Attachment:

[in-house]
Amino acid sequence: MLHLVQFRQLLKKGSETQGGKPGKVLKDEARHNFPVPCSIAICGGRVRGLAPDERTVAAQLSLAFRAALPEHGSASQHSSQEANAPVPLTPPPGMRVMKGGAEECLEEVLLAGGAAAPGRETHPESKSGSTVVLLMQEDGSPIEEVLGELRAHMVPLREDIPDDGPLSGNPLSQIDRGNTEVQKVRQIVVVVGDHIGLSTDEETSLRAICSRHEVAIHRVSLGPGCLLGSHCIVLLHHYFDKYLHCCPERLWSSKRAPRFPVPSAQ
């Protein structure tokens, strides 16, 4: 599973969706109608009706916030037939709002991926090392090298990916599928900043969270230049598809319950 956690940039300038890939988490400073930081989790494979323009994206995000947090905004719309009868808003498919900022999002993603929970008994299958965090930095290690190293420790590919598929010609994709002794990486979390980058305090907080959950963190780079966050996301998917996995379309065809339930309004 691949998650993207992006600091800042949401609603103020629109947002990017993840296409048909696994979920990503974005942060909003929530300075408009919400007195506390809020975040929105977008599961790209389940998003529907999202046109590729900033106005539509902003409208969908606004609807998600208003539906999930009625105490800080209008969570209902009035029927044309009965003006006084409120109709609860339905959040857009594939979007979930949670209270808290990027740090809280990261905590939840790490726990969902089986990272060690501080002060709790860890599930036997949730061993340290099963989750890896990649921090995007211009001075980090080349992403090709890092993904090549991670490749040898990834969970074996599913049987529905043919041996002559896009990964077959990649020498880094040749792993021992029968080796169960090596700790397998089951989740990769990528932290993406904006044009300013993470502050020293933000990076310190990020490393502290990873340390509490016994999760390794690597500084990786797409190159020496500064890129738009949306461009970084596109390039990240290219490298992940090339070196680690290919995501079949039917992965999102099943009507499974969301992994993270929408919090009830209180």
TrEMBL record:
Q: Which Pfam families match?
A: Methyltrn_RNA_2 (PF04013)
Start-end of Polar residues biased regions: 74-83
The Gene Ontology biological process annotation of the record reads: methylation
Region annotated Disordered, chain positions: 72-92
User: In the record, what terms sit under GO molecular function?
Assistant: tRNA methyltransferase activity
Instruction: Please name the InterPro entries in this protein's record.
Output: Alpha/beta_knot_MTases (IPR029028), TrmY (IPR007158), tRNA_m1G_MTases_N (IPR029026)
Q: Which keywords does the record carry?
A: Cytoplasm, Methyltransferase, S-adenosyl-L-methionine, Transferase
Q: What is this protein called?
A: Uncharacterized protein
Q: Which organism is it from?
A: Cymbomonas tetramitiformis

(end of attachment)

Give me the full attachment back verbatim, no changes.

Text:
[in-house]
Amino acid sequence: MLHLVQFRQLLKKGSETQGGKPGKVLKDEARHNFPVPCSIAICGGRVRGLAPDERTVAAQLSLAFRAALPEHGSASQHSSQEANAPVPLTPPPGMRVMKGGAEECLEEVLLAGGAAAPGRETHPESKSGSTVVLLMQEDGSPIEEVLGELRAHMVPLREDIPDDGPLSGNPLSQIDRGNTEVQKVRQIVVVVGDHIGLSTDEETSLRAICSRHEVAIHRVSLGPGCLLGSHCIVLLHHYFDKYLHCCPERLWSSKRAPRFPVPSAQ
């Protein structure tokens, strides 16, 4: 599973969706109608009706916030037939709002991926090392090298990916599928900043969270230049598809319950 956690940039300038890939988490400073930081989790494979323009994206995000947090905004719309009868808003498919900022999002993603929970008994299958965090930095290690190293420790590919598929010609994709002794990486979390980058305090907080959950963190780079966050996301998917996995379309065809339930309004 691949998650993207992006600091800042949401609603103020629109947002990017993840296409048909696994979920990503974005942060909003929530300075408009919400007195506390809020975040929105977008599961790209389940998003529907999202046109590729900033106005539509902003409208969908606004609807998600208003539906999930009625105490800080209008969570209902009035029927044309009965003006006084409120109709609860339905959040857009594939979007979930949670209270808290990027740090809280990261905590939840790490726990969902089986990272060690501080002060709790860890599930036997949730061993340290099963989750890896990649921090995007211009001075980090080349992403090709890092993904090549991670490749040898990834969970074996599913049987529905043919041996002559896009990964077959990649020498880094040749792993021992029968080796169960090596700790397998089951989740990769990528932290993406904006044009300013993470502050020293933000990076310190990020490393502290990873340390509490016994999760390794690597500084990786797409190159020496500064890129738009949306461009970084596109390039990240290219490298992940090339070196680690290919995501079949039917992965999102099943009507499974969301992994993270929408919090009830209180």
TrEMBL record:
Q: Which Pfam families match?
A: Methyltrn_RNA_2 (PF04013)
Start-end of Polar residues biased regions: 74-83
The Gene Ontology biological process annotation of the record reads: methylation
Region annotated Disordered, chain positions: 72-92
User: In the record, what terms sit under GO molecular function?
Assistant: tRNA methyltransferase activity
Instruction: Please name the InterPro entries in this protein's record.
Output: Alpha/beta_knot_MTases (IPR029028), TrmY (IPR007158), tRNA_m1G_MTases_N (IPR029026)
Q: Which keywords does the record carry?
A: Cytoplasm, Methyltransferase, S-adenosyl-L-methionine, Transferase
Q: What is this protein called?
A: Uncharacterized protein
Q: Which organism is it from?
A: Cymbomonas tetramitiformis